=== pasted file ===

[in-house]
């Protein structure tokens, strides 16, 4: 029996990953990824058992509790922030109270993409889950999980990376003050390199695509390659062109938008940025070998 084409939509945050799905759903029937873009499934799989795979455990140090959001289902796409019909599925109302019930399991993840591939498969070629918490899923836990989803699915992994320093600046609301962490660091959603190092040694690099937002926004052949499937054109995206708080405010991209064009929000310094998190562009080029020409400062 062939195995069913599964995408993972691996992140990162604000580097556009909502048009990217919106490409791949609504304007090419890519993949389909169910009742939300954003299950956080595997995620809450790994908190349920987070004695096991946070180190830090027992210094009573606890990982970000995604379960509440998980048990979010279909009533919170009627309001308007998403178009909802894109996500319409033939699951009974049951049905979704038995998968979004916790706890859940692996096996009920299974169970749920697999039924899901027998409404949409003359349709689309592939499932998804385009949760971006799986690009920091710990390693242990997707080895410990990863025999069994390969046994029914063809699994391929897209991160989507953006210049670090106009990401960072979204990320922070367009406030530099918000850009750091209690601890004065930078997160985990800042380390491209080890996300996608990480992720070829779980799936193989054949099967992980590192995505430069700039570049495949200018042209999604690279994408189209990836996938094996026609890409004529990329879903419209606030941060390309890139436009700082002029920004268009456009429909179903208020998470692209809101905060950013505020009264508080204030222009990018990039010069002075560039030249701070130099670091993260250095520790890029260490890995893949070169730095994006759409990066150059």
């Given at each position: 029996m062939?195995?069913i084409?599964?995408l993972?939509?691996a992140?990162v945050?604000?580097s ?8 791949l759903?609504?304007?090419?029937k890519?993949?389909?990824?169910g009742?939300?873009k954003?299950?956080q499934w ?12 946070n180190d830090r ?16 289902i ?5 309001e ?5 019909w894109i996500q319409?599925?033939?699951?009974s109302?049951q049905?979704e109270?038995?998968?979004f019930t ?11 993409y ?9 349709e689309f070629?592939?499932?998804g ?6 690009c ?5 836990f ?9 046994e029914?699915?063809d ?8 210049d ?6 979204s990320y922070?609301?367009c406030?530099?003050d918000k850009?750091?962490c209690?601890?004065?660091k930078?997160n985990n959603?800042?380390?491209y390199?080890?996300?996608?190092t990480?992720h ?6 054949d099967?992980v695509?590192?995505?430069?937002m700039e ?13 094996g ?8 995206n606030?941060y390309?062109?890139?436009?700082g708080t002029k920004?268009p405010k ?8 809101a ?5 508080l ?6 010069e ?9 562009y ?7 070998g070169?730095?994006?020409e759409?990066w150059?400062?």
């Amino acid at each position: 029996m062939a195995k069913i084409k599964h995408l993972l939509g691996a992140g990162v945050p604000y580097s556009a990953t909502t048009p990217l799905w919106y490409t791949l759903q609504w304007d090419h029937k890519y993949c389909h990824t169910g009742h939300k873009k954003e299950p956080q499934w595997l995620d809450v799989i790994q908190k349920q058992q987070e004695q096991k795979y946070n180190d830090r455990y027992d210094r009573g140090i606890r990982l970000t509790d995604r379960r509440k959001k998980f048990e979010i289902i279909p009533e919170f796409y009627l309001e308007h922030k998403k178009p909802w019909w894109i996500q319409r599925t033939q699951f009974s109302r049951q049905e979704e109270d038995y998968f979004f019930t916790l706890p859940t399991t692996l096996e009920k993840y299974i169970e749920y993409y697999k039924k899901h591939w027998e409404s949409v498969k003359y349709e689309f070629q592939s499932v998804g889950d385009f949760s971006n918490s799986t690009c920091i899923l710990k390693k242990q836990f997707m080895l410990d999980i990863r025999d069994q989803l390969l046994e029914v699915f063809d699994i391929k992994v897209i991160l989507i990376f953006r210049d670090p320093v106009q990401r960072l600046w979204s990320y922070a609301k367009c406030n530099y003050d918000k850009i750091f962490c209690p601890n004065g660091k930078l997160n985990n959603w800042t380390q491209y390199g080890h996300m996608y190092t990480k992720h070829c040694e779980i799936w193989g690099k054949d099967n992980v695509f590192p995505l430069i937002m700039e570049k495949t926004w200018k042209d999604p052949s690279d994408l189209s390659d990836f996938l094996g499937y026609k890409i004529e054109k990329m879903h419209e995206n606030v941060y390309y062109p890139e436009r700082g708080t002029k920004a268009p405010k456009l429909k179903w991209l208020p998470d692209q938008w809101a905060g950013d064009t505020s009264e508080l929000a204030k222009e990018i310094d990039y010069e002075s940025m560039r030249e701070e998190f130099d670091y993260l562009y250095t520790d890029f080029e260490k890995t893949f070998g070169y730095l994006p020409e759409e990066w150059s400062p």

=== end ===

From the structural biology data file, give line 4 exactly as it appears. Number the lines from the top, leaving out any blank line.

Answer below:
């Amino acid at each position: 029996m062939a195995k069913i084409k599964h995408l993972l939509g691996a992140g990162v945050p604000y580097s556009a990953t909502t048009p990217l799905w919106y490409t791949l759903q609504w304007d090419h029937k890519y993949c389909h990824t169910g009742h939300k873009k954003e299950p956080q499934w595997l995620d809450v799989i790994q908190k349920q058992q987070e004695q096991k795979y946070n180190d830090r455990y027992d210094r009573g140090i606890r990982l970000t509790d995604r379960r509440k959001k998980f048990e979010i289902i279909p009533e919170f796409y009627l309001e308007h922030k998403k178009p909802w019909w894109i996500q319409r599925t033939q699951f009974s109302r049951q049905e979704e109270d038995y998968f979004f019930t916790l706890p859940t399991t692996l096996e009920k993840y299974i169970e749920y993409y697999k039924k899901h591939w027998e409404s949409v498969k003359y349709e689309f070629q592939s499932v998804g889950d385009f949760s971006n918490s799986t690009c920091i899923l710990k390693k242990q836990f997707m080895l410990d999980i990863r025999d069994q989803l390969l046994e029914v699915f063809d699994i391929k992994v897209i991160l989507i990376f953006r210049d670090p320093v106009q990401r960072l600046w979204s990320y922070a609301k367009c406030n530099y003050d918000k850009i750091f962490c209690p601890n004065g660091k930078l997160n985990n959603w800042t380390q491209y390199g080890h996300m996608y190092t990480k992720h070829c040694e779980i799936w193989g690099k054949d099967n992980v695509f590192p995505l430069i937002m700039e570049k495949t926004w200018k042209d999604p052949s690279d994408l189209s390659d990836f996938l094996g499937y026609k890409i004529e054109k990329m879903h419209e995206n606030v941060y390309y062109p890139e436009r700082g708080t002029k920004a268009p405010k456009l429909k179903w991209l208020p998470d692209q938008w809101a905060g950013d064009t505020s009264e508080l929000a204030k222009e990018i310094d990039y010069e002075s940025m560039r030249e701070e998190f130099d670091y993260l562009y250095t520790d890029f080029e260490k890995t893949f070998g070169y730095l994006p020409e759409e990066w150059s400062p």